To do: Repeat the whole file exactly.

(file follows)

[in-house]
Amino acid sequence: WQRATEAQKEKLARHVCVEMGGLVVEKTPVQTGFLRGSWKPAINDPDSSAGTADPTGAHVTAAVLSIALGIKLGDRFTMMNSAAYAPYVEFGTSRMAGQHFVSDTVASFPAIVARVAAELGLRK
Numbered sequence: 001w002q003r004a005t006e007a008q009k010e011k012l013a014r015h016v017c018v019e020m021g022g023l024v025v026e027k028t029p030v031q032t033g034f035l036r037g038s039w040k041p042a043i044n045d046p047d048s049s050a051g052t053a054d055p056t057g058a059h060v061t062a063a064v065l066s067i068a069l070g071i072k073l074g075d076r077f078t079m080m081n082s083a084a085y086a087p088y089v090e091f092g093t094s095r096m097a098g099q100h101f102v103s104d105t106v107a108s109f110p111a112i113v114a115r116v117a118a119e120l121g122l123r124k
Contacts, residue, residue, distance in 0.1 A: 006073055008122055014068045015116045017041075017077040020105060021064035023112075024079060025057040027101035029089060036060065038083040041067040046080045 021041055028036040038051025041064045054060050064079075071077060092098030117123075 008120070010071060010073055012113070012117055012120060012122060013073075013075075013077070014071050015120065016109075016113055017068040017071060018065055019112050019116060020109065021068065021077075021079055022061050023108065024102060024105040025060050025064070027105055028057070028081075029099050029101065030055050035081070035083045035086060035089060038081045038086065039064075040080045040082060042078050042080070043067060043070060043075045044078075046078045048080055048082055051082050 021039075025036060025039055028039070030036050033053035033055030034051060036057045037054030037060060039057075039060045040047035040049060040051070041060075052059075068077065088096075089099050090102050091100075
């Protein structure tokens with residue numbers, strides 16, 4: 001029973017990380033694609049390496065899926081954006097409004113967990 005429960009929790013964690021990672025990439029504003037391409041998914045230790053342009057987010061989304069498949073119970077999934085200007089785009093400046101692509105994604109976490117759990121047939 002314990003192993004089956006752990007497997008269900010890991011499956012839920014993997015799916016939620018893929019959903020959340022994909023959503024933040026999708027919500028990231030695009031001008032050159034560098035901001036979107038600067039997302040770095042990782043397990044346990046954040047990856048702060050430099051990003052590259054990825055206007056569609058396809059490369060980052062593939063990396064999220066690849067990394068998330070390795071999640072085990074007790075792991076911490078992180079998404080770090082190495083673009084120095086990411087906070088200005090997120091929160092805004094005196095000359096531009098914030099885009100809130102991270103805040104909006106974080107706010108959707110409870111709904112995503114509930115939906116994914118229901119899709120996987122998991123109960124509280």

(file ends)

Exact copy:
[in-house]
Amino acid sequence: WQRATEAQKEKLARHVCVEMGGLVVEKTPVQTGFLRGSWKPAINDPDSSAGTADPTGAHVTAAVLSIALGIKLGDRFTMMNSAAYAPYVEFGTSRMAGQHFVSDTVASFPAIVARVAAELGLRK
Numbered sequence: 001w002q003r004a005t006e007a008q009k010e011k012l013a014r015h016v017c018v019e020m021g022g023l024v025v026e027k028t029p030v031q032t033g034f035l036r037g038s039w040k041p042a043i044n045d046p047d048s049s050a051g052t053a054d055p056t057g058a059h060v061t062a063a064v065l066s067i068a069l070g071i072k073l074g075d076r077f078t079m080m081n082s083a084a085y086a087p088y089v090e091f092g093t094s095r096m097a098g099q100h101f102v103s104d105t106v107a108s109f110p111a112i113v114a115r116v117a118a119e120l121g122l123r124k
Contacts, residue, residue, distance in 0.1 A: 006073055008122055014068045015116045017041075017077040020105060021064035023112075024079060025057040027101035029089060036060065038083040041067040046080045 021041055028036040038051025041064045054060050064079075071077060092098030117123075 008120070010071060010073055012113070012117055012120060012122060013073075013075075013077070014071050015120065016109075016113055017068040017071060018065055019112050019116060020109065021068065021077075021079055022061050023108065024102060024105040025060050025064070027105055028057070028081075029099050029101065030055050035081070035083045035086060035089060038081045038086065039064075040080045040082060042078050042080070043067060043070060043075045044078075046078045048080055048082055051082050 021039075025036060025039055028039070030036050033053035033055030034051060036057045037054030037060060039057075039060045040047035040049060040051070041060075052059075068077065088096075089099050090102050091100075
């Protein structure tokens with residue numbers, strides 16, 4: 001029973017990380033694609049390496065899926081954006097409004113967990 005429960009929790013964690021990672025990439029504003037391409041998914045230790053342009057987010061989304069498949073119970077999934085200007089785009093400046101692509105994604109976490117759990121047939 002314990003192993004089956006752990007497997008269900010890991011499956012839920014993997015799916016939620018893929019959903020959340022994909023959503024933040026999708027919500028990231030695009031001008032050159034560098035901001036979107038600067039997302040770095042990782043397990044346990046954040047990856048702060050430099051990003052590259054990825055206007056569609058396809059490369060980052062593939063990396064999220066690849067990394068998330070390795071999640072085990074007790075792991076911490078992180079998404080770090082190495083673009084120095086990411087906070088200005090997120091929160092805004094005196095000359096531009098914030099885009100809130102991270103805040104909006106974080107706010108959707110409870111709904112995503114509930115939906116994914118229901119899709120996987122998991123109960124509280």